• a physical Roads_net_data table containing binary data
• a VirtualTable named Roads_net which is apparently empty
• now we can go a little more in-depth, and discover that:
• the Roads_net_data actually contains a pre-build static [frozen] graph corresponding to our raw data.
if the raw data change someway, then the static graph needs to be updated, but rebuilding again the network is a simple and quick task.
• the Roads_net VirtualTable simply implements an ad hoc interface supporting Routing queries.
ArcRowid NodeFrom NodeTo Cost Geometry SELECT * FROM Roads_net WHERE NodeFrom = 1 AND NodeTo = 512; NULL 1 512 22021.995764 BLOB sz=3376 GEOMETRY 1 1 4 3366.262555 NULL 11 4 16 1418.458904 NULL 15 16 20 868.499405 NULL 21 20 25 623.616463 NULL 22 25 24 186.070230 NULL 35 24 38 1825.020686 NULL 49 38 53 705.591126 NULL 67 53 66 2053.355052 NULL 121 66 114 1490.480401 NULL 183 114 169 1201.464297 NULL 225 169 207 907.687669 NULL 271 207 240 1552.639653 NULL 270 240 242 85.475589 NULL 310 242 281 394.516028 NULL 363 281 320 1692.810841 NULL 608 320 512 3650.046865 NULL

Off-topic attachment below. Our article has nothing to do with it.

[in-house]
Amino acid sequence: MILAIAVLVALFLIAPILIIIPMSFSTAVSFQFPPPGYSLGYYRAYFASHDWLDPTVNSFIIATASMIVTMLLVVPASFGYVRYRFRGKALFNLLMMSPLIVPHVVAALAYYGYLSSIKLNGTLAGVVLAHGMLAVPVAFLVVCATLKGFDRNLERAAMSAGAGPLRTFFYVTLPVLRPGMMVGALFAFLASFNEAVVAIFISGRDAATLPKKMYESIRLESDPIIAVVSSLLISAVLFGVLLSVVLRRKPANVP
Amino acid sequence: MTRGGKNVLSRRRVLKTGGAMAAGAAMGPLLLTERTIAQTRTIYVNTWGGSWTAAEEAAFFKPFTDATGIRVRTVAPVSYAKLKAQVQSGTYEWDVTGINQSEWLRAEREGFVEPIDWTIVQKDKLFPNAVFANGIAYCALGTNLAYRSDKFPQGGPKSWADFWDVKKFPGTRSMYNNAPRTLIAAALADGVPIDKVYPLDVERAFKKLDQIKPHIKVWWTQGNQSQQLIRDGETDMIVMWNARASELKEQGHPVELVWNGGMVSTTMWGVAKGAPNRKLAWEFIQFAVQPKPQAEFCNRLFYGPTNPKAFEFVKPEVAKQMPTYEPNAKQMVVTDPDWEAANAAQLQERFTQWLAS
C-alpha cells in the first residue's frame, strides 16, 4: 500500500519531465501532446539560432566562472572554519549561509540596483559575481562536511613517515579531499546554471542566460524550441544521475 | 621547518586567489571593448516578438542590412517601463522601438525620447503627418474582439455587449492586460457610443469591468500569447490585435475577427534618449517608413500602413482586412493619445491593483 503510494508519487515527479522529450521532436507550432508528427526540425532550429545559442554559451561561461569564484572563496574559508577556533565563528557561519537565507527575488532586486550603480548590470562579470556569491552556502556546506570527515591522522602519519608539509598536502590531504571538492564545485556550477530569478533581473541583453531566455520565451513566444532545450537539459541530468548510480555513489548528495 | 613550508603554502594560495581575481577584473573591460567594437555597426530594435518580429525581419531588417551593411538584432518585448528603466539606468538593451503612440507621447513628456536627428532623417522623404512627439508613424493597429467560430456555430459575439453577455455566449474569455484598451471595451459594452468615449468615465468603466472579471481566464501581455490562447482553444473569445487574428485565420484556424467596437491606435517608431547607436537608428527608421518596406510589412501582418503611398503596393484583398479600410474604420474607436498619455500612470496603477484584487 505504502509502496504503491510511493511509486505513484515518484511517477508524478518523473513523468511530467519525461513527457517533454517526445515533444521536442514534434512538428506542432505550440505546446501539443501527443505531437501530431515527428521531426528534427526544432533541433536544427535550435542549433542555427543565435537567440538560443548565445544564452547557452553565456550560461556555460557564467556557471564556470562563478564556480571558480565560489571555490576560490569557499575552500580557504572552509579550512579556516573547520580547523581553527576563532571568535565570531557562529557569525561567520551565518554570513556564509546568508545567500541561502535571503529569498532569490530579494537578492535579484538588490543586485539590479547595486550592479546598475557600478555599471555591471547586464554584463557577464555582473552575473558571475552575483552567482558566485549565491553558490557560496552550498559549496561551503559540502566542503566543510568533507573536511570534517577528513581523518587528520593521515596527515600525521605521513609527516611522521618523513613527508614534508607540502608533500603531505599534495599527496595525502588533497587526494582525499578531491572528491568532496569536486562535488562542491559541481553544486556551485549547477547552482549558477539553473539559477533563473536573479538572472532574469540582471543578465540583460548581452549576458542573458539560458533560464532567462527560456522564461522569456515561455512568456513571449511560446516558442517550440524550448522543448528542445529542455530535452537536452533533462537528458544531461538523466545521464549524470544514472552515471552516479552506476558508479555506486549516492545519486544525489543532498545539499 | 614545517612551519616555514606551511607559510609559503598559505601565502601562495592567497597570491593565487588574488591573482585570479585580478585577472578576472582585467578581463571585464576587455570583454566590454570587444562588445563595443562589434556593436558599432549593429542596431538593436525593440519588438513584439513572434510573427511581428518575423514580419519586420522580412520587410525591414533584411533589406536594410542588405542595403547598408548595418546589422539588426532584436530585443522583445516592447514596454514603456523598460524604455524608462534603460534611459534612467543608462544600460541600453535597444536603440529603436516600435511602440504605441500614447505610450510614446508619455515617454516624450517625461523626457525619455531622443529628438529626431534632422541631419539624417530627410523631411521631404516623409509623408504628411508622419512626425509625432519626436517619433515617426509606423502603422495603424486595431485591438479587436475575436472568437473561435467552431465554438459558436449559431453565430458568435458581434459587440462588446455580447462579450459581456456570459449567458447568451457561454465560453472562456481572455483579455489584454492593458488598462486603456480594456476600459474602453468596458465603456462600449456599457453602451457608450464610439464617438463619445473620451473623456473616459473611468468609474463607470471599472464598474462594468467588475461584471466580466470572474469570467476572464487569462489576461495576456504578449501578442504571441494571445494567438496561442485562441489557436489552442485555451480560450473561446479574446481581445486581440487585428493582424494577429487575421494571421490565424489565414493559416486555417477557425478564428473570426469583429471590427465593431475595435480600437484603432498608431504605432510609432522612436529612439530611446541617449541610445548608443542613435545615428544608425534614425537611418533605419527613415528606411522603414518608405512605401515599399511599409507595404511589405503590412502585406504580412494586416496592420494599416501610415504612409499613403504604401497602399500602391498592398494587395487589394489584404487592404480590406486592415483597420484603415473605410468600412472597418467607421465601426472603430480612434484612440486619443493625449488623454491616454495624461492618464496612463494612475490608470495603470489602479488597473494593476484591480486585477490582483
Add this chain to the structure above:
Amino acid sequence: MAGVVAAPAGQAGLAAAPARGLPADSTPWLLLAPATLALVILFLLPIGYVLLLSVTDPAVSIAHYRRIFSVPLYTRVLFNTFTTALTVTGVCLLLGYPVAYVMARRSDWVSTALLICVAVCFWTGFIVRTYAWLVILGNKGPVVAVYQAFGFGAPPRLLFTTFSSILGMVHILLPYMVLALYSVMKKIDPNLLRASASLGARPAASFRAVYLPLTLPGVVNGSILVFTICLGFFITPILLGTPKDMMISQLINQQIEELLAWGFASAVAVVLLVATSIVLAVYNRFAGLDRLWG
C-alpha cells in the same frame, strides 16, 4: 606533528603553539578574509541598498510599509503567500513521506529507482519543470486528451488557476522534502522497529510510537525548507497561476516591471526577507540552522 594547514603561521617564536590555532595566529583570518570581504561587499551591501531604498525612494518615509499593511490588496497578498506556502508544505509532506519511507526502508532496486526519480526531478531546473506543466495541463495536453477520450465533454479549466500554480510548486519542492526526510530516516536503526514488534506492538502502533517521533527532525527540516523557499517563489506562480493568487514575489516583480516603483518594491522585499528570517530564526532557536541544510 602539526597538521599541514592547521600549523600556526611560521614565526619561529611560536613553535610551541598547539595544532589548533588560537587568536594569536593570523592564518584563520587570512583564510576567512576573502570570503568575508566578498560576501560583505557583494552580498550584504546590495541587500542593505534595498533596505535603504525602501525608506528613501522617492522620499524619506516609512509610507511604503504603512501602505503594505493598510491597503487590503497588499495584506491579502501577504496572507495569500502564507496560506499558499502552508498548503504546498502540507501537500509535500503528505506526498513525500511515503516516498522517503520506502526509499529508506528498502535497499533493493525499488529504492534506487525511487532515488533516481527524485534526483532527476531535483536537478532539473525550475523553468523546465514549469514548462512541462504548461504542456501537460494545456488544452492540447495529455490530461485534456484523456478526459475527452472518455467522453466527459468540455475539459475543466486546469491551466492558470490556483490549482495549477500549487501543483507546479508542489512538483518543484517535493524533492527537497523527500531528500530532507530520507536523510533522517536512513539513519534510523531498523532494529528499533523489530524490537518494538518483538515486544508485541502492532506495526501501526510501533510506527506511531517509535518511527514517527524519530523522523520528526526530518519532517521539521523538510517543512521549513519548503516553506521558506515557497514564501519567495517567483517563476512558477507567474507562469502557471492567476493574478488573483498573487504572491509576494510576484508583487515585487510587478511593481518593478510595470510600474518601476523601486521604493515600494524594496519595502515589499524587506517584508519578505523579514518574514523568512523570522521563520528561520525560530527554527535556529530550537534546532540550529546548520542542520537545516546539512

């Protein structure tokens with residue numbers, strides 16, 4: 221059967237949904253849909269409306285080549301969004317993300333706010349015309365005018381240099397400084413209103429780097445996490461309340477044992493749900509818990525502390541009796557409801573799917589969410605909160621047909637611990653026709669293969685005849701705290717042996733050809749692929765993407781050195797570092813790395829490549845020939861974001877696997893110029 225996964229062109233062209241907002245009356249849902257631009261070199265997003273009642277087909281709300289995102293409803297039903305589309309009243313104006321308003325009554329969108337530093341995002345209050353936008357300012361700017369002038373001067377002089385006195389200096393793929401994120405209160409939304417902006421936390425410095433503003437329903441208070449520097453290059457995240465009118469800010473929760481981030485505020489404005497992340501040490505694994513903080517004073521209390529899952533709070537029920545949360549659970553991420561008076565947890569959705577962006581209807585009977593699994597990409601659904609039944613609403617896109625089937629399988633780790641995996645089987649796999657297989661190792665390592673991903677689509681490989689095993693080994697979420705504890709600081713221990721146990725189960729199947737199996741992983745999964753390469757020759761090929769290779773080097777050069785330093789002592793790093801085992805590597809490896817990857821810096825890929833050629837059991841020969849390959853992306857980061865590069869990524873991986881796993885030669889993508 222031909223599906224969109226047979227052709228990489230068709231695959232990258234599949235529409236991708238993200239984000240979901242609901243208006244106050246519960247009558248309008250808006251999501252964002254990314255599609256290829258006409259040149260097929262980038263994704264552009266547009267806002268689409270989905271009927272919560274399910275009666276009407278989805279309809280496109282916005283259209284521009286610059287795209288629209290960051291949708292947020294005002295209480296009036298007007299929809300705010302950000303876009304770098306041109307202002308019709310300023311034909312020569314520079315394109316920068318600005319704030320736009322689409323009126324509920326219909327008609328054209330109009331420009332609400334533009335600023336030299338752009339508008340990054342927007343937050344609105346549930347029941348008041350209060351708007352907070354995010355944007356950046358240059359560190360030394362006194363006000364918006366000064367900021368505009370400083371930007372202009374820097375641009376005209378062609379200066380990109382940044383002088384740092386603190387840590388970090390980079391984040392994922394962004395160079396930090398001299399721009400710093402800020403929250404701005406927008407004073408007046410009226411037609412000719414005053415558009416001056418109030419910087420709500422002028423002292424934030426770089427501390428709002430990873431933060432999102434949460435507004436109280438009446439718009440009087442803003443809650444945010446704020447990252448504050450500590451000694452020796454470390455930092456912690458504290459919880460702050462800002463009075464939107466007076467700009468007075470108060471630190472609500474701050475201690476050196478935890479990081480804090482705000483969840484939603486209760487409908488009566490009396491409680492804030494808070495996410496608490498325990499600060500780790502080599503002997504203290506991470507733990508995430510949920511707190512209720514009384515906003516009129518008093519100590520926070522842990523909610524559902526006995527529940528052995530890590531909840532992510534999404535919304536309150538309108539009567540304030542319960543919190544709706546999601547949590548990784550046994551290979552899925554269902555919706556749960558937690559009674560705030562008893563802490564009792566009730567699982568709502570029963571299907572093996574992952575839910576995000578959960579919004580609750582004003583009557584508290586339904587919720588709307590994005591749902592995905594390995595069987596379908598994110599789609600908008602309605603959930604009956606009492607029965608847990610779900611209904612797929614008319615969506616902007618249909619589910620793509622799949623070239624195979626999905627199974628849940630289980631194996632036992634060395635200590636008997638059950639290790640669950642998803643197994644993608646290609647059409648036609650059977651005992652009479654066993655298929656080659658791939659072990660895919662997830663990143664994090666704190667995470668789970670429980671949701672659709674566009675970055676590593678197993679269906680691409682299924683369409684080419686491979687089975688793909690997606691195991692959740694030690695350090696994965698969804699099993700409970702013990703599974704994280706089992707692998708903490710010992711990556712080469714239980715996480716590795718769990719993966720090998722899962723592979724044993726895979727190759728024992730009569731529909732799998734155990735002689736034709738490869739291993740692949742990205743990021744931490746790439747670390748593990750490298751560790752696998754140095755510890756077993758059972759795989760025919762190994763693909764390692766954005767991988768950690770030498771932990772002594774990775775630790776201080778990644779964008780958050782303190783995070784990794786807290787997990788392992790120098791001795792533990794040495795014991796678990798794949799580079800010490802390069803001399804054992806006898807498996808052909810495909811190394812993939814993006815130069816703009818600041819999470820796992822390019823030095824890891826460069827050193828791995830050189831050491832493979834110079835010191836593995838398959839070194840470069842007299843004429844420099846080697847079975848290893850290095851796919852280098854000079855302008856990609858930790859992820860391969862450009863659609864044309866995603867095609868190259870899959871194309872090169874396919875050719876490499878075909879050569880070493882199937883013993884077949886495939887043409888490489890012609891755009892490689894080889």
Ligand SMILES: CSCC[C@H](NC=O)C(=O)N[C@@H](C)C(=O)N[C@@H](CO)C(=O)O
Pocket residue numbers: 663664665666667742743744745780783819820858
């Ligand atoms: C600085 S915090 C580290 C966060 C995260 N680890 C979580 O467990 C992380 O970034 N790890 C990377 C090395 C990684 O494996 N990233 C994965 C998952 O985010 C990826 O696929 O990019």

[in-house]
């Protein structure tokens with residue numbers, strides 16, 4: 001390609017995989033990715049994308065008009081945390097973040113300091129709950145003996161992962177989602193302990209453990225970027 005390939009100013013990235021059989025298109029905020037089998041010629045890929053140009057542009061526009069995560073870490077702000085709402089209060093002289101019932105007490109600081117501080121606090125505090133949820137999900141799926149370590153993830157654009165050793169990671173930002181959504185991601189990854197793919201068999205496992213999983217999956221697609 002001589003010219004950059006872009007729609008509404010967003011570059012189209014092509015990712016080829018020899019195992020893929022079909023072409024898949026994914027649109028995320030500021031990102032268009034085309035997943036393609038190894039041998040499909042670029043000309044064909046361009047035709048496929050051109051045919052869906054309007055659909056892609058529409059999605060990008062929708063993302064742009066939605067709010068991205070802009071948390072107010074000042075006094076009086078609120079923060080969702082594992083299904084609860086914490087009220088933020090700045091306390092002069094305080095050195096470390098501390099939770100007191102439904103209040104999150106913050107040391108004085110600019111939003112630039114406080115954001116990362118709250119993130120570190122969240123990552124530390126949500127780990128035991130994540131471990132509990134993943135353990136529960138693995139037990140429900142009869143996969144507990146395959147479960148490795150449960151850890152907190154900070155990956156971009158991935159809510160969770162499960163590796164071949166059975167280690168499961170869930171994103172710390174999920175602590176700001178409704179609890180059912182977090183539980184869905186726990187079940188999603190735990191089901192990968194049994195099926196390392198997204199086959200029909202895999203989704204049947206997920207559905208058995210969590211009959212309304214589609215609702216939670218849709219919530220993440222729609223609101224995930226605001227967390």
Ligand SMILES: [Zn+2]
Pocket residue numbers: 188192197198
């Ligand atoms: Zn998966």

• the only meaningful query you can perform on a VirtualNetwork table has the canonical form:
SELECT ... FROM prefix_net WHERE NodeFrom = node1_id AND NodeTo = node2_id
• this will return a result set representing the routing solution [i.e. the shortest path] connecting the required start and end nodes.
if such a connection doesn't exists, then an empty result set will be returned.
• the first row in the result set is a special one, and represents the whole travel solution, this including a corresponding Geometry.
• then any following row identifies a single arc used by the travel solution, following the travel sequence.
• you can easily distinguish between them because:
• the whole solution special row has ArcRowid = NULL and Geometry <> NULL
• any plain arc row has ArcRowid <> NULL and Geometry = NULL